MEDICATION USE IN THE OLDER POPULATION
Although polypharmacy has been historically associated with prescription medications, any current definition of polypharmacy must also include nonprescription compounds, such as over-the-counter (OTC) products, herbal remedies, and foods or nutraceuticals. Some OTCs were formerly available by prescription, and information about potential drug interactions may be available. In contrast, relatively little reliable information is available about drug interactions associated with herbal remedies.
Memmott (2003) provides estimates of over-the-counter (OTC) medication use citing Salom and Davis (1995). Approximately 40 percent of the drugs taken by the elderly are OTC medications. Ten percent of the general population regularly uses OTC medications and 69 percent of the people over age 65 regularly use these medications. It is estimated that 15 to 20 percent of the older users do not inform their physicians of OTC use.
Bikowski, Ripsin, and Lorraine (2001) cite evidence that on average, an ambulatory older patient takes 3.4 over-the-counter medications daily. Pollow, Stoller, Forster, and Duniho (1994) reported that the most common OTC medications were analgesics and antacids.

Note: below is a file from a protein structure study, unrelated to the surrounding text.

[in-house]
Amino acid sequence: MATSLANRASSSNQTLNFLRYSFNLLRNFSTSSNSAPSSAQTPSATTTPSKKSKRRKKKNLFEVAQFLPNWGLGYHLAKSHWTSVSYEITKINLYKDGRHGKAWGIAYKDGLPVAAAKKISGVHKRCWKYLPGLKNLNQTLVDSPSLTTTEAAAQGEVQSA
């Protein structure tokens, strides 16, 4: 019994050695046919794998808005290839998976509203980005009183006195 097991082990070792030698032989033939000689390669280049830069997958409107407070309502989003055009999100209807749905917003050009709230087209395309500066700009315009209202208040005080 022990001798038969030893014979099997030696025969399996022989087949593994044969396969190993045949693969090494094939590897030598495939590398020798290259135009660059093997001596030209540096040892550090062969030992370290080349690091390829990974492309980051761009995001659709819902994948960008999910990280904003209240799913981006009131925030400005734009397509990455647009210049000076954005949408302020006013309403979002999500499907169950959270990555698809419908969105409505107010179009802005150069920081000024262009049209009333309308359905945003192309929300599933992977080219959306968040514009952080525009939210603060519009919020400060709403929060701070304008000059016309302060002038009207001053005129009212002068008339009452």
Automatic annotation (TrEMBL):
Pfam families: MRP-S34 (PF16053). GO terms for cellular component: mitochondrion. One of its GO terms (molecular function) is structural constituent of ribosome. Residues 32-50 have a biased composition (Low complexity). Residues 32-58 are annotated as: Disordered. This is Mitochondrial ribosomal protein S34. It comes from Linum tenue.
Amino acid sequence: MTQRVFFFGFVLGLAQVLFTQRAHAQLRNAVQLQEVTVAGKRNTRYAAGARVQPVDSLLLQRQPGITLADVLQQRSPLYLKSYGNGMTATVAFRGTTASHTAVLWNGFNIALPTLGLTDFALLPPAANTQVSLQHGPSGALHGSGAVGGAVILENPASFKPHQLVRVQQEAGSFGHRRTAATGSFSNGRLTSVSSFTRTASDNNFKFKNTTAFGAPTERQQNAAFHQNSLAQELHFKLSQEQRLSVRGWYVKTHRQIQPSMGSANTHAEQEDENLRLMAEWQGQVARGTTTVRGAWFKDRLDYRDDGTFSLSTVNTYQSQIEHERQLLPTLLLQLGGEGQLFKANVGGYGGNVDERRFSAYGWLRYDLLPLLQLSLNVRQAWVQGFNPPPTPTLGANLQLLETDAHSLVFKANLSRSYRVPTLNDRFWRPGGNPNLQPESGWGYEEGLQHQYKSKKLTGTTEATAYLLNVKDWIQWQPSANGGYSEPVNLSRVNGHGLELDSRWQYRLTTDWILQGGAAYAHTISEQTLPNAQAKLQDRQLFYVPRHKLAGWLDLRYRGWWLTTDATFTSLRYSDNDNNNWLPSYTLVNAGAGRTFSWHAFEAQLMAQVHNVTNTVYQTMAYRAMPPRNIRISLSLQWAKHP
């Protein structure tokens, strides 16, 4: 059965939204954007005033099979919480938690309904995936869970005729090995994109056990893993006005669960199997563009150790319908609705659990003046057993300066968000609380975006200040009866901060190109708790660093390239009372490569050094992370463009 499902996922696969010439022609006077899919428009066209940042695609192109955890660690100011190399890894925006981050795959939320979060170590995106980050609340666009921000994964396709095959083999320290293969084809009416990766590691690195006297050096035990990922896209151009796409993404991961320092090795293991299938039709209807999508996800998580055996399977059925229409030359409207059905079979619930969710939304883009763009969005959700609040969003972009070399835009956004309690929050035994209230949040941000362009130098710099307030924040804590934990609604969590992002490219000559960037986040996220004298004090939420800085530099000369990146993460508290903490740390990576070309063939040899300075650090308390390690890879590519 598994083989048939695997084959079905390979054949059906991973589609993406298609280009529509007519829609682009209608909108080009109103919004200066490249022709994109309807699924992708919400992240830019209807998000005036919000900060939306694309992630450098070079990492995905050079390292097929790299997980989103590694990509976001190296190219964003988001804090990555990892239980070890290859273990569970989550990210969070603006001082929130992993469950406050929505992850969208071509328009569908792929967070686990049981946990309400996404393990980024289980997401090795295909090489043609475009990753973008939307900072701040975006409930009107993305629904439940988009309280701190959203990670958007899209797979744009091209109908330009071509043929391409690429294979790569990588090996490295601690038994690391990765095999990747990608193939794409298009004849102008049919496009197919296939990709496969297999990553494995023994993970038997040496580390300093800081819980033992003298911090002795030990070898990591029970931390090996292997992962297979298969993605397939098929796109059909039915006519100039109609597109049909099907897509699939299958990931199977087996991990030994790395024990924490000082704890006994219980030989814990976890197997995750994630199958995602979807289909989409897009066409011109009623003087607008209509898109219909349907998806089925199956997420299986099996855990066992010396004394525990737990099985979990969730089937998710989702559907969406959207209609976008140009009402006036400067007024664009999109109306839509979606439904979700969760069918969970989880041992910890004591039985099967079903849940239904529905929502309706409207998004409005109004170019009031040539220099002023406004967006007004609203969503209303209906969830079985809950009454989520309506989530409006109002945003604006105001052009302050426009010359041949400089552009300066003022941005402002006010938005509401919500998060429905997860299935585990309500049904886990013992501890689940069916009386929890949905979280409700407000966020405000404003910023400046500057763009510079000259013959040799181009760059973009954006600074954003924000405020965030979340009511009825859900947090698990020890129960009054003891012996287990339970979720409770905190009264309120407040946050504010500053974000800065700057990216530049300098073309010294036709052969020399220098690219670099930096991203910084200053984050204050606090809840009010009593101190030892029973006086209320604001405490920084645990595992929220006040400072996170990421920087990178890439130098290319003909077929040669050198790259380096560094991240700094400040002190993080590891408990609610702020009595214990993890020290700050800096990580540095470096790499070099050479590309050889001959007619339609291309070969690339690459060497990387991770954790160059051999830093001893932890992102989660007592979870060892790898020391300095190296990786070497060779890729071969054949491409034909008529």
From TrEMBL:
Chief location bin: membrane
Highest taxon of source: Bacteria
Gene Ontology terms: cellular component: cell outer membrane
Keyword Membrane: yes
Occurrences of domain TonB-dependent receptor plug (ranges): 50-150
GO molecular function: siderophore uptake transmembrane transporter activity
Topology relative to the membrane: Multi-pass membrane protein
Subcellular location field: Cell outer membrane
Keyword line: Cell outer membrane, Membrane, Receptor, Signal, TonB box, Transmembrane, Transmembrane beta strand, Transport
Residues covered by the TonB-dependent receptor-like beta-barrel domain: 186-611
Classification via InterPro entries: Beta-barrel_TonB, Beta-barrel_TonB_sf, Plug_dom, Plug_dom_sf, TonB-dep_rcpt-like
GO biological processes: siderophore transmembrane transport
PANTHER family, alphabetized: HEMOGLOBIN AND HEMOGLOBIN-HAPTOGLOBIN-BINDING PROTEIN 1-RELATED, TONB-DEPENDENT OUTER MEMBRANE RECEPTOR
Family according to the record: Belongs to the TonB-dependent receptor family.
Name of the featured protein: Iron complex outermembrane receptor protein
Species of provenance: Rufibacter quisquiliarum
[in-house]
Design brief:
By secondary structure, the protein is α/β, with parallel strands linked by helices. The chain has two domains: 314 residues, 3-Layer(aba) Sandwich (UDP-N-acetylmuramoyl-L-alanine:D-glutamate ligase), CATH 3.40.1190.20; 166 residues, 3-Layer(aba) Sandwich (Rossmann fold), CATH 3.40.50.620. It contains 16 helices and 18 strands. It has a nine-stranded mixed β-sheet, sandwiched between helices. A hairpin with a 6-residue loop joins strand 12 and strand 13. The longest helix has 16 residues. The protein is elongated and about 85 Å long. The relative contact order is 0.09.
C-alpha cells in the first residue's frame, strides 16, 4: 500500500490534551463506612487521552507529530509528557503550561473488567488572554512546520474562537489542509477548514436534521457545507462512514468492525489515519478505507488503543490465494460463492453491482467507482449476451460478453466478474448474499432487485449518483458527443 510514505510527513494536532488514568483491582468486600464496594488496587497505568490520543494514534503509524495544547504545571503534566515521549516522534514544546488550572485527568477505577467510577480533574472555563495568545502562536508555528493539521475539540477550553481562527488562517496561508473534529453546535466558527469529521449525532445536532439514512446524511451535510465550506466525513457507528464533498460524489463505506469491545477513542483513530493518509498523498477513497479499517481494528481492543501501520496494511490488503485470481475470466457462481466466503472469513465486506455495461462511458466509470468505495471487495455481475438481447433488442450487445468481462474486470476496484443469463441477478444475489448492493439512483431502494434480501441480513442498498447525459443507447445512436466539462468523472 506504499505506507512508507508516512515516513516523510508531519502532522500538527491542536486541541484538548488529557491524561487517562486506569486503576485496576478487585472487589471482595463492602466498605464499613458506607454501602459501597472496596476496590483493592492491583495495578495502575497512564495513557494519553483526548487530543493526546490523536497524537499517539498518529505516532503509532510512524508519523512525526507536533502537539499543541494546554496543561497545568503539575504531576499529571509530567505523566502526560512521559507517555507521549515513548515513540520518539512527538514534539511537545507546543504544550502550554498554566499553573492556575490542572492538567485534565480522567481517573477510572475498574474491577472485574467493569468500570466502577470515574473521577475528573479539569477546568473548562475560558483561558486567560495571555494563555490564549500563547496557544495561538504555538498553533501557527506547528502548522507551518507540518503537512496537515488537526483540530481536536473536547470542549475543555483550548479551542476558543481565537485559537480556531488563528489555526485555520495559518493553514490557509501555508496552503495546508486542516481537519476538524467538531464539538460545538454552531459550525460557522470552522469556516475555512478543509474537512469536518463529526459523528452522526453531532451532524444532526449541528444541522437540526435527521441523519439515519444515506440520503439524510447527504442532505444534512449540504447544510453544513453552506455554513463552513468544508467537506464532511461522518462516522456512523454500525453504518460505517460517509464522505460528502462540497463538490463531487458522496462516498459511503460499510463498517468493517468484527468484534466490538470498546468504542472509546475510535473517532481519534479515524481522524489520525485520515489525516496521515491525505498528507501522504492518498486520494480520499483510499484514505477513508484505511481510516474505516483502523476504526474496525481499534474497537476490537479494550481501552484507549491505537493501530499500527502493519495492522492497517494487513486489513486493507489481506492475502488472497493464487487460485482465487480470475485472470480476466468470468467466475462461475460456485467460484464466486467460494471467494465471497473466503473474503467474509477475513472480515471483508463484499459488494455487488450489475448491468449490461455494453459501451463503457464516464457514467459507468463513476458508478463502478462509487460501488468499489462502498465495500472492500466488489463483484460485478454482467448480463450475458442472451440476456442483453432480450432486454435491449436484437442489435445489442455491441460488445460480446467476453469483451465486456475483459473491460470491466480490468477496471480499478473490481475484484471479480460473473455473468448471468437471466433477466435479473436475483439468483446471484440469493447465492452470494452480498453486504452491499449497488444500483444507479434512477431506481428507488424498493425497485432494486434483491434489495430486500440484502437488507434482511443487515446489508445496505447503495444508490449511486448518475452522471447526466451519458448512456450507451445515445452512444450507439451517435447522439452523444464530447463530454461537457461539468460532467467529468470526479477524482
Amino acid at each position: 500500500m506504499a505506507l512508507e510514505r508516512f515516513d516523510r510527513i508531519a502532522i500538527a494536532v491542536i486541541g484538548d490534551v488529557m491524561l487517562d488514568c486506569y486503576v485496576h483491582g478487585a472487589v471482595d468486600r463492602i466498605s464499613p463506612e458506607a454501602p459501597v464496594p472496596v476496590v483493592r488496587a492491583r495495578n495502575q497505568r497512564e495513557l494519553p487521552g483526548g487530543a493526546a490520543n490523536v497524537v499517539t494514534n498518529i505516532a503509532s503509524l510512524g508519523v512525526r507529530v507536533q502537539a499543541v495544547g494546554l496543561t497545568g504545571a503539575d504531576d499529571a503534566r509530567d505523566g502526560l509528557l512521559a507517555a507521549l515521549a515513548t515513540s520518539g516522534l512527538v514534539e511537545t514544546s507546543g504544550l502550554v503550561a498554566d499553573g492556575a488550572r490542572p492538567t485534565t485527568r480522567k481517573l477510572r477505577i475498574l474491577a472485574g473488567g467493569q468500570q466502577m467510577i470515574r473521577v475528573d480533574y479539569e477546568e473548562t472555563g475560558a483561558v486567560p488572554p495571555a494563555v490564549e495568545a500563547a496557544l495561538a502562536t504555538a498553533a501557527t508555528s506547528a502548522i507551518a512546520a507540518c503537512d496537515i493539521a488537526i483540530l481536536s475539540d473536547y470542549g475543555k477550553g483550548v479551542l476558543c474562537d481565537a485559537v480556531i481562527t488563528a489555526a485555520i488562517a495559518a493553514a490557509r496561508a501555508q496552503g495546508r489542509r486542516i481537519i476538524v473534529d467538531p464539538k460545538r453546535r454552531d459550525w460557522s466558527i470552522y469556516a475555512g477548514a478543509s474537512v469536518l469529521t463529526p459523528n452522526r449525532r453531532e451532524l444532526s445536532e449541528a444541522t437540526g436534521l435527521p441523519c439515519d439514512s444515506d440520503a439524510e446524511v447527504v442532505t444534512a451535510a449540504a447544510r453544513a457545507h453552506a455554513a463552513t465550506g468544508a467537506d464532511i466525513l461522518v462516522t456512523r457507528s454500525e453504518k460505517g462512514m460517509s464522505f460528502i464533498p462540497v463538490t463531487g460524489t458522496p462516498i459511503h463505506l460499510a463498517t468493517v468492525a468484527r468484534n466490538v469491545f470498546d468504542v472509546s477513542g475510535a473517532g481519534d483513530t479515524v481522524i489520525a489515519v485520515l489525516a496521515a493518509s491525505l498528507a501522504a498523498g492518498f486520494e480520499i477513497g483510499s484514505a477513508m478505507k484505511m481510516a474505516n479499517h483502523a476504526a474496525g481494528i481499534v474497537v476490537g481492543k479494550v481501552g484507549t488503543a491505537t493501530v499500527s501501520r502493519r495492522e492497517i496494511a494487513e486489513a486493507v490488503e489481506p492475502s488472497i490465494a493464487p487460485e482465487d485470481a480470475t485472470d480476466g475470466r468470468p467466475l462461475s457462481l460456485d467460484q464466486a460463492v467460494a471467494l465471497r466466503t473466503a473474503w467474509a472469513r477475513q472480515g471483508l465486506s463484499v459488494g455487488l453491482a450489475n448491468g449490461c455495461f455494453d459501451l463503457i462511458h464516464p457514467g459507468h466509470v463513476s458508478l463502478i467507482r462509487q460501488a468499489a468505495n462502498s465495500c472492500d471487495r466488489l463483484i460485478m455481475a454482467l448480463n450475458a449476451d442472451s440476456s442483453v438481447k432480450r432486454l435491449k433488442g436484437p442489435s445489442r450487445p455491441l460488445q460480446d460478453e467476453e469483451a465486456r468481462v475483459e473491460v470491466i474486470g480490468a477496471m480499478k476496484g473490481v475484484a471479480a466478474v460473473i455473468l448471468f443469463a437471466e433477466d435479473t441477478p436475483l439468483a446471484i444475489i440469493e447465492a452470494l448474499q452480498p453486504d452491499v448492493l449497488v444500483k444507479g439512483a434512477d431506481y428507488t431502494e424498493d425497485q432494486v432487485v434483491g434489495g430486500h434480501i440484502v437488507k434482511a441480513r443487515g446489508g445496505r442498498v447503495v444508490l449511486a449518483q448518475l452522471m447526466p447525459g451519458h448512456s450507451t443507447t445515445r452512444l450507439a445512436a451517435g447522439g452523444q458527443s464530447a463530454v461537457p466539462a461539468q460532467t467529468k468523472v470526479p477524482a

Thirteen percent of the elderly who are regular OTC users consume alcohol and take OTC drugs concurrently (Memmott, 2003). Another 17 percent combine OTC drugs with both prescription drugs and alcohol, increasing the possibility and severity of adverse drug reactions (ADR). The risk of a serious ADR in adults age 55 to 64 is 18.5 percent; is 30.1 percent in those 75 to 84, and is 41.9 percent in those 85 and older. In a mail survey of 1,555 HMO members 65 and older, Johnson and Ried (1996) found that 18.4 percent of the sample combined a prescription drug with an OTC drug to relieve pain; 4.5 percent combined a prescription drug and an OTC drug to relieve an upset stomach; 7.1 percent combined prescription and OTC medications for cough relief; and 5.7 percent combined prescription and OTC medications to treat cold symptoms.